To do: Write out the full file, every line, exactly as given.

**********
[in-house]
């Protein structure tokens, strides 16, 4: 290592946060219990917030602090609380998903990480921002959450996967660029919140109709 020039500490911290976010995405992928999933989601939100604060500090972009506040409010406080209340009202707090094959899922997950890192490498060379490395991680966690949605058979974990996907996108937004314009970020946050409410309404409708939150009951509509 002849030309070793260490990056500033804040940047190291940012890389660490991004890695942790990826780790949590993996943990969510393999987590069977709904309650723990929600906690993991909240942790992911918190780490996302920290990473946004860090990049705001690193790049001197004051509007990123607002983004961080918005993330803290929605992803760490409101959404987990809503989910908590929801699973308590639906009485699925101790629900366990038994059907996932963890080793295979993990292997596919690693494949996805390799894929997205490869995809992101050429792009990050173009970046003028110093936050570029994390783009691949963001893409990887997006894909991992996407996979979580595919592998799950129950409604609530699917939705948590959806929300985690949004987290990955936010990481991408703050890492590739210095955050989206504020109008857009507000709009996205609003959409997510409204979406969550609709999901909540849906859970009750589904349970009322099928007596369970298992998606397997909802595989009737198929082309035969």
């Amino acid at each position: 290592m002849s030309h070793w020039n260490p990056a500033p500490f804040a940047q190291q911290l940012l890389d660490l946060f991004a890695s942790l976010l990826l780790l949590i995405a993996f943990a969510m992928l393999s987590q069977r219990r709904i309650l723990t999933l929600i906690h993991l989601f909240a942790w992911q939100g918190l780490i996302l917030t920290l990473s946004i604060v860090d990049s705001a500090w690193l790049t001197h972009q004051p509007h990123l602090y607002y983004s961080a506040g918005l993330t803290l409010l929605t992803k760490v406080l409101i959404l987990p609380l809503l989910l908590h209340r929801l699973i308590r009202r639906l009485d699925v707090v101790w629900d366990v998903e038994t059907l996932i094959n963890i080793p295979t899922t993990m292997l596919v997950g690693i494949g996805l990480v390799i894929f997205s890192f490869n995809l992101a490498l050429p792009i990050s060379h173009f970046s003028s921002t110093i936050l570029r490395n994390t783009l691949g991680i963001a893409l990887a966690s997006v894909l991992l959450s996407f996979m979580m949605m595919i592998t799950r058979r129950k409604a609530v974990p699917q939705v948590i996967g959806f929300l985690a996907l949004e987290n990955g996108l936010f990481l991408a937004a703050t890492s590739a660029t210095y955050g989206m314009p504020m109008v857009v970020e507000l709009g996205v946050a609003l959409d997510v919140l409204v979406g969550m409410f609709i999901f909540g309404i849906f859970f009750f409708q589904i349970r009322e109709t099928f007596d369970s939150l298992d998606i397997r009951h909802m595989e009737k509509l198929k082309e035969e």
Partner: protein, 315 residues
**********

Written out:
[in-house]
């Protein structure tokens, strides 16, 4: 290592946060219990917030602090609380998903990480921002959450996967660029919140109709 020039500490911290976010995405992928999933989601939100604060500090972009506040409010406080209340009202707090094959899922997950890192490498060379490395991680966690949605058979974990996907996108937004314009970020946050409410309404409708939150009951509509 002849030309070793260490990056500033804040940047190291940012890389660490991004890695942790990826780790949590993996943990969510393999987590069977709904309650723990929600906690993991909240942790992911918190780490996302920290990473946004860090990049705001690193790049001197004051509007990123607002983004961080918005993330803290929605992803760490409101959404987990809503989910908590929801699973308590639906009485699925101790629900366990038994059907996932963890080793295979993990292997596919690693494949996805390799894929997205490869995809992101050429792009990050173009970046003028110093936050570029994390783009691949963001893409990887997006894909991992996407996979979580595919592998799950129950409604609530699917939705948590959806929300985690949004987290990955936010990481991408703050890492590739210095955050989206504020109008857009507000709009996205609003959409997510409204979406969550609709999901909540849906859970009750589904349970009322099928007596369970298992998606397997909802595989009737198929082309035969």
């Amino acid at each position: 290592m002849s030309h070793w020039n260490p990056a500033p500490f804040a940047q190291q911290l940012l890389d660490l946060f991004a890695s942790l976010l990826l780790l949590i995405a993996f943990a969510m992928l393999s987590q069977r219990r709904i309650l723990t999933l929600i906690h993991l989601f909240a942790w992911q939100g918190l780490i996302l917030t920290l990473s946004i604060v860090d990049s705001a500090w690193l790049t001197h972009q004051p509007h990123l602090y607002y983004s961080a506040g918005l993330t803290l409010l929605t992803k760490v406080l409101i959404l987990p609380l809503l989910l908590h209340r929801l699973i308590r009202r639906l009485d699925v707090v101790w629900d366990v998903e038994t059907l996932i094959n963890i080793p295979t899922t993990m292997l596919v997950g690693i494949g996805l990480v390799i894929f997205s890192f490869n995809l992101a490498l050429p792009i990050s060379h173009f970046s003028s921002t110093i936050l570029r490395n994390t783009l691949g991680i963001a893409l990887a966690s997006v894909l991992l959450s996407f996979m979580m949605m595919i592998t799950r058979r129950k409604a609530v974990p699917q939705v948590i996967g959806f929300l985690a996907l949004e987290n990955g996108l936010f990481l991408a937004a703050t890492s590739a660029t210095y955050g989206m314009p504020m109008v857009v970020e507000l709009g996205v946050a609003l959409d997510v919140l409204v979406g969550m409410f609709i999901f909540g309404i849906f859970f009750f409708q589904i349970r009322e109709t099928f007596d369970s939150l298992d998606i397997r009951h909802m595989e009737k509509l198929k082309e035969e």
Partner: protein, 315 residues